Always take caution when sharing personal information on social media. For example, if you upload a photo of your new house, check to make sure the address isn't visible.
Install an anti-virus software and keep it updated to reduce the likelihood of being impacted by malware.
If you have experienced an online threat or have fallen victim to phishing or any other type of online fraud/scam that may involve the Macquarie brand please notify us by email at firstname.lastname@example.org. If possible, please send your contact phone number and the suspicious email as an attachment, rather than forwarding the email. This helps to identify the author and source and will be used to help reduce online fraud.
The accordion below outlines the regions and countries that Macquarie operate in and the regulators, reporting authorities and consumer assistance services available to the local population to report instances of fraud and scams etc.
|Canada||Investment Industry Regulatory Organisation of Canada (IIROC)
|Mexico||National Banking and Securities Commission (CNBV) - Spanish version
|Brazil||Securities and Exchange Commission of Brazil (CVM)
|Chile||The Commission of the Financial Market (CMF)
|USA||U.S. Securities and Exchange Commission (SEC)
Commodity Futures Trading Commission
Financial Crimes Enforcement Network (FinCEN)
|China||China Securities Regulatory Commission (CSRC)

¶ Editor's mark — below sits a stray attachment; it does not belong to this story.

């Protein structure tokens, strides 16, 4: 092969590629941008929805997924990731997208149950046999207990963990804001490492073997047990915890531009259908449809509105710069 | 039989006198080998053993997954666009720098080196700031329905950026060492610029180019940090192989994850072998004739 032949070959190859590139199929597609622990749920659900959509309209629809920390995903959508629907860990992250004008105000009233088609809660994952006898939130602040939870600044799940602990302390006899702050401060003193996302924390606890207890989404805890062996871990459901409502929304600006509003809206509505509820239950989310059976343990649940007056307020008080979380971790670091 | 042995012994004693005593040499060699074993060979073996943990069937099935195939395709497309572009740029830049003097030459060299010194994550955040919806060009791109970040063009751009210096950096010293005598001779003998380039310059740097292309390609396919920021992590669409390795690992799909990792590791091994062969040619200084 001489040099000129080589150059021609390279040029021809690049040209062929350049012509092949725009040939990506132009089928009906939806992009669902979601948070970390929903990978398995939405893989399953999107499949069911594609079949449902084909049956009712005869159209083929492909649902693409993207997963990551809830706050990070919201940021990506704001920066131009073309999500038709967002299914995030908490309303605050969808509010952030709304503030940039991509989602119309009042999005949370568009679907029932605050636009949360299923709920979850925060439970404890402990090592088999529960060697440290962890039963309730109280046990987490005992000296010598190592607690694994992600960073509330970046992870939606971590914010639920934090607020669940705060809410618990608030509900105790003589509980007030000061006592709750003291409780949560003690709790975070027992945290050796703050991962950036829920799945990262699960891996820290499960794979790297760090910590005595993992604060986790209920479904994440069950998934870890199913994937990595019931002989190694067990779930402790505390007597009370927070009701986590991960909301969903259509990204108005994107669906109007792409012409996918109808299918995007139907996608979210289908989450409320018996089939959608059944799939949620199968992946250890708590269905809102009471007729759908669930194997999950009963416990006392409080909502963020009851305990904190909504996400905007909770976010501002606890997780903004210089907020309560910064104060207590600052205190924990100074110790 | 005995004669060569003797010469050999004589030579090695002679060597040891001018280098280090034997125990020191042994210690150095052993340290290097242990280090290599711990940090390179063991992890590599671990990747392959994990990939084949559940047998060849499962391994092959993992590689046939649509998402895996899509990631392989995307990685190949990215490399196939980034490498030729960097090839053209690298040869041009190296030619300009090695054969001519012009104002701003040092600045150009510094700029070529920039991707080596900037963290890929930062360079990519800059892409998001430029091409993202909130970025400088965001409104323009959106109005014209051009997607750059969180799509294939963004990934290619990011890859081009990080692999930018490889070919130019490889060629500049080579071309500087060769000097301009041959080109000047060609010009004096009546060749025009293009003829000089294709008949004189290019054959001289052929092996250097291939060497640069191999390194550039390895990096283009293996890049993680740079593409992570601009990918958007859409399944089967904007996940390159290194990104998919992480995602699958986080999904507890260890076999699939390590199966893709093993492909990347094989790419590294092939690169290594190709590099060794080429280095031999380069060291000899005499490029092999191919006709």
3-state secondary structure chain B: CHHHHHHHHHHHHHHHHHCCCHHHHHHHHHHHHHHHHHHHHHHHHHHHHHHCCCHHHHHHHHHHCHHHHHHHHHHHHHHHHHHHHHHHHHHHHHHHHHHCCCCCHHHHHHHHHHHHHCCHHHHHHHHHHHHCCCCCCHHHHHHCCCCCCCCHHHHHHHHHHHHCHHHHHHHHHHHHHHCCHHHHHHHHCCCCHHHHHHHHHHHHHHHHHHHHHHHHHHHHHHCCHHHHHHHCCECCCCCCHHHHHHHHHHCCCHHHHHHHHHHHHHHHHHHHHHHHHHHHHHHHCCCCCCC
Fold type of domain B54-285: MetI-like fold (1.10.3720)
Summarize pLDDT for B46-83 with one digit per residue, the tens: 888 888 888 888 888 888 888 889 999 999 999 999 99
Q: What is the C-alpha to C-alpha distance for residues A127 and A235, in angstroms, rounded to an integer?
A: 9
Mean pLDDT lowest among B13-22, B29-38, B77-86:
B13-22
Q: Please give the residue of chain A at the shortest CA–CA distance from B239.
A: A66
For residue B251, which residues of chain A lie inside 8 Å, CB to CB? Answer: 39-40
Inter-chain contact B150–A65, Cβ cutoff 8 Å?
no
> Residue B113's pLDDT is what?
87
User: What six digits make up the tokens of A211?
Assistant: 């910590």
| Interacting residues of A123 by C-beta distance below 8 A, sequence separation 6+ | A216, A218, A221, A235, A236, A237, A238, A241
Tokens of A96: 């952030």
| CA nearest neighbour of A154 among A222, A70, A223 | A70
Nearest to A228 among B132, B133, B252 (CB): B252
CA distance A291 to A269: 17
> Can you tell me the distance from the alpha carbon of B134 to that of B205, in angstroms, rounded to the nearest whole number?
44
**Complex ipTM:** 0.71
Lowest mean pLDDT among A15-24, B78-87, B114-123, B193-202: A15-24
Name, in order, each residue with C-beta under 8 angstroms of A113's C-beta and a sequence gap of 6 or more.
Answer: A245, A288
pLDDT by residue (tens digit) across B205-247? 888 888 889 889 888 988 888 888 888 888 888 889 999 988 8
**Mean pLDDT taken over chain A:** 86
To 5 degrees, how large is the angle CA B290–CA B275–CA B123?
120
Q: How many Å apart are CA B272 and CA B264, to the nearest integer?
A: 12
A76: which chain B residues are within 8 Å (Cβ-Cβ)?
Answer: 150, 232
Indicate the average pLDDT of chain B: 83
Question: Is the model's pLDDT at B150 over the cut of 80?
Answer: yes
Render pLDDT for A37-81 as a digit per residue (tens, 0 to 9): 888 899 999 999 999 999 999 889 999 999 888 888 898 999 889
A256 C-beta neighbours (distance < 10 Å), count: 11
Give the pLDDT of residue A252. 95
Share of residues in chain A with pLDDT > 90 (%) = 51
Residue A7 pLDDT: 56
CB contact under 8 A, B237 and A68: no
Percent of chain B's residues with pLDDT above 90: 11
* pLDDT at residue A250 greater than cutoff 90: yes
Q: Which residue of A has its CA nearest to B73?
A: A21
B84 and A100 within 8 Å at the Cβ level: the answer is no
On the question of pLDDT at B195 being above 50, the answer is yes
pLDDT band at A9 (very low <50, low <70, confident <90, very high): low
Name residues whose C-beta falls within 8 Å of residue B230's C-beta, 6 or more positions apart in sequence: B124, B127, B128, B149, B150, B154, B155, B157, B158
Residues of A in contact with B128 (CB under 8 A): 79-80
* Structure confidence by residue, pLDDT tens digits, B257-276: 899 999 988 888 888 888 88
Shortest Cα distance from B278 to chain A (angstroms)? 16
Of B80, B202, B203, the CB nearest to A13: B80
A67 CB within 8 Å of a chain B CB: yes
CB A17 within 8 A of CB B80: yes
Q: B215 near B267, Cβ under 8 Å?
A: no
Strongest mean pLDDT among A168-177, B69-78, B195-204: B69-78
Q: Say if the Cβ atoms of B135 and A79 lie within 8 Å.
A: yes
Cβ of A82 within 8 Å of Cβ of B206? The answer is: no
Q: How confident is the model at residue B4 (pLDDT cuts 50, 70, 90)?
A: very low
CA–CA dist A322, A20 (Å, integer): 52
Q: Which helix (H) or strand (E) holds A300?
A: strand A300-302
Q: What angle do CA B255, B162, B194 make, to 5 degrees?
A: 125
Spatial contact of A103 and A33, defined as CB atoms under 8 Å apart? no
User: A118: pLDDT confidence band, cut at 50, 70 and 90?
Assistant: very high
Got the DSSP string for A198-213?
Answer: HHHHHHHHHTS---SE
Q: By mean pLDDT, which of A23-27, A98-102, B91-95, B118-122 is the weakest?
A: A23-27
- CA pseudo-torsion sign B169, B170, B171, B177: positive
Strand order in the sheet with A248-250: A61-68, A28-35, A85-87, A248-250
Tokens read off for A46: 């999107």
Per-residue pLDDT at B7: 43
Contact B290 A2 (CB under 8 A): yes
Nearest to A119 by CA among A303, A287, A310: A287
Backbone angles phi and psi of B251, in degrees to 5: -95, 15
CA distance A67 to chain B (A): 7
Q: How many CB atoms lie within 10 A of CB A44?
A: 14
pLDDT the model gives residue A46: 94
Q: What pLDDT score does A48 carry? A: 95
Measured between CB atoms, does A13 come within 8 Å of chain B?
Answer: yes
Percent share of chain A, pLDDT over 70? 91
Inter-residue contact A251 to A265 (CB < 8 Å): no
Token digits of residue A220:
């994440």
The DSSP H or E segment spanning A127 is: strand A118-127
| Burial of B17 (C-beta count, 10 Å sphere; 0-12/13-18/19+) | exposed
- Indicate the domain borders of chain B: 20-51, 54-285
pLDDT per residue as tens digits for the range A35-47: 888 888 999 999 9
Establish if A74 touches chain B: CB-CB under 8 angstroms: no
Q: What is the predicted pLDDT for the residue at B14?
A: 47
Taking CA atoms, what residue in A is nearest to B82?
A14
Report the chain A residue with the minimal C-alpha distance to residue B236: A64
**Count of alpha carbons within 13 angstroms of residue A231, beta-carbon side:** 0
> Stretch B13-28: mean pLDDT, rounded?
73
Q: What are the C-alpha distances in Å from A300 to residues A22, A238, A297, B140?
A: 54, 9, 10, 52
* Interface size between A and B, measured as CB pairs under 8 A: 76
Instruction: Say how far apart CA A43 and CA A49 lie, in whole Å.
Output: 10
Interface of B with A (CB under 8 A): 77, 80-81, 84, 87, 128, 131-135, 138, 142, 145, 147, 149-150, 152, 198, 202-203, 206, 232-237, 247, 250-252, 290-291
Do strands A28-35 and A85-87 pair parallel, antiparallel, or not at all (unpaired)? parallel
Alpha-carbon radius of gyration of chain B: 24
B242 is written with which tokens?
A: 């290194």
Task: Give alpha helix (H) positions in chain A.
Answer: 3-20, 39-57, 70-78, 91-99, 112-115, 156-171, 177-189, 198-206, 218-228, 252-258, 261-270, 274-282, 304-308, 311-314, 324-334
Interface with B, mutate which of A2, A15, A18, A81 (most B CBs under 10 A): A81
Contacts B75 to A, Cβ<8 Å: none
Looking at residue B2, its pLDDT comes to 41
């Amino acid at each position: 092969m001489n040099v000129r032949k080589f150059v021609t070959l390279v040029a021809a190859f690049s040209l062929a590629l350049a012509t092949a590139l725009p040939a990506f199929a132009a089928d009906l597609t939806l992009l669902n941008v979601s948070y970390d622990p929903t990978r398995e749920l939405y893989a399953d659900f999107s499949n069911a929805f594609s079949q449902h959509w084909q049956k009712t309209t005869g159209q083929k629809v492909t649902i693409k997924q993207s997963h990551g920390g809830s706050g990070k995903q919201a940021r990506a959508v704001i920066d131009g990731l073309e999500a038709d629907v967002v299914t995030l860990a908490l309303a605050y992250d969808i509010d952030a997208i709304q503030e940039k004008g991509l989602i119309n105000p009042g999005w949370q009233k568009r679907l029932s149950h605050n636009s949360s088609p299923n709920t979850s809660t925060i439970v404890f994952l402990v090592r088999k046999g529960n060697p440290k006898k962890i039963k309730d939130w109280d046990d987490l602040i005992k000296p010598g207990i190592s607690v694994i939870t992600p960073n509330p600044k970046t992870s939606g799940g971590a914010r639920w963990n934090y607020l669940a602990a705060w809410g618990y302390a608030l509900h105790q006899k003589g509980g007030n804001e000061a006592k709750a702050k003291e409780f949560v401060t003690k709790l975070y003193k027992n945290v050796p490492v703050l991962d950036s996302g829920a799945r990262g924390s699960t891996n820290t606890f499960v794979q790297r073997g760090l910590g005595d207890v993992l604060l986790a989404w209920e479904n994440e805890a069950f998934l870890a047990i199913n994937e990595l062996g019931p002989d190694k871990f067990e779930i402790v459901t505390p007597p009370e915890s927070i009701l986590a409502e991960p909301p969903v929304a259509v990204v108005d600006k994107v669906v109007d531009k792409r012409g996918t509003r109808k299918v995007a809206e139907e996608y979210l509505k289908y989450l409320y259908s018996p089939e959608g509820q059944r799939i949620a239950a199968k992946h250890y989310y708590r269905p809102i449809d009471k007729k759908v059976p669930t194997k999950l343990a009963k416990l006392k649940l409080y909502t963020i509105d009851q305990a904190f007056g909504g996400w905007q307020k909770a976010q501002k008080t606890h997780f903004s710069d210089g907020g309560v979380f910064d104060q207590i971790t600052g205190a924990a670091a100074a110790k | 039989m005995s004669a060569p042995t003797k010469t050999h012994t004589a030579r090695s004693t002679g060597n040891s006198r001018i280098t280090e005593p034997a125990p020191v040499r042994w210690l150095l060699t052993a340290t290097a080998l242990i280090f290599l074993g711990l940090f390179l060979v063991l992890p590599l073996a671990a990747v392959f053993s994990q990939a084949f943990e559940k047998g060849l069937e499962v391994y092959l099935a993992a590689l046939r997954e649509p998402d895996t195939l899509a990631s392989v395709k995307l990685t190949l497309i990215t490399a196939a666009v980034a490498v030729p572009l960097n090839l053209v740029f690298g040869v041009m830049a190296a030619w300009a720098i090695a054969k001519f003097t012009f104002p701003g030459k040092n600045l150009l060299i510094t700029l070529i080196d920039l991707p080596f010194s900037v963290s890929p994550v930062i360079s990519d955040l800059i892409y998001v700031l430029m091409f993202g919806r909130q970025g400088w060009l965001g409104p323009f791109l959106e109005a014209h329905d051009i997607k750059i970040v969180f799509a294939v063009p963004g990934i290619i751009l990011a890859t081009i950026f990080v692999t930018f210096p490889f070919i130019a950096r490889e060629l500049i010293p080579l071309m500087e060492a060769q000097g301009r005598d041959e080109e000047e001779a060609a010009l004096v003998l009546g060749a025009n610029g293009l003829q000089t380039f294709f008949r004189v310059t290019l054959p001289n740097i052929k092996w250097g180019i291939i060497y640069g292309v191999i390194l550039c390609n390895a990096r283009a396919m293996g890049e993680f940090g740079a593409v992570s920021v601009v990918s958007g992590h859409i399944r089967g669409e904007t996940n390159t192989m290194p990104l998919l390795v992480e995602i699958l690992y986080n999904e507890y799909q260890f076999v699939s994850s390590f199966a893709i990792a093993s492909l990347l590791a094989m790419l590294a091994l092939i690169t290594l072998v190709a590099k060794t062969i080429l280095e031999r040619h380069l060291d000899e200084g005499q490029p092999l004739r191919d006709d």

China Banking and Insurance Regulatory Commission
|Hong Kong||Securities and Futures Commission
|India||Securities and Exchange Board of India
|Indonesia||Financial Services Authority of Indonesia
|Japan||Financial Services Agency
Securities and Exchange Surveillance Commission
|Malaysia||Securities Commission Malaysia
|Philippines||Securities and Exchange Commission (SEC)
|Singapore||Monetary Authority of Singapore (MAS)
|South Korea||Financial Services Commission (FSC)
|Taiwan||Financial Supervisory Commission (FSC)
|Thailand||The Securities and Exchange Commission (SEC)
|Austria||Oesterreichische National Bank
|Denmark||Danish Financial Supervisory Authority (DFSA)
|France||Autorité des marchés financiers (AMF) (Financial Authority)
Autorité de Contrôle Prudentiel et de Résolution, (ACPR) (Prudential Authority)
|Germany||Federal Financial Supervisory Authority (BaFin)
|Ireland||Central Bank of Ireland
|Luxembourg||Commission de Surveillance du Secteur Financier (CSSF)
|Netherlands||Netherlands Authority for the Financial Markets
|South Africa||Financial Sector Conduct Authority (FSCA)
|Spain||National Securities Market Commission (CNMV)
|Sweden||Swedish Financial Supervisory Authority (Finansinspektionen (FI))
|Switzerland||Swiss Financial Market Supervisory Authority (FINMA)
|United Arab Emirates||Securities & Commodities Authority
|United Kingdom||Bank of England
Prudential Regulation Authority (PRA)
Financial Conduct Authority (FCA)
Urgent and high-risk security threats or incidents, such as extortion attempts, violence towards staff, bomb threats and suspicious packages and any life safety incident can be reported immediately to the Macquarie 24/7 Global Security Operations Centre (GSOC): GSOC@macquarie.com.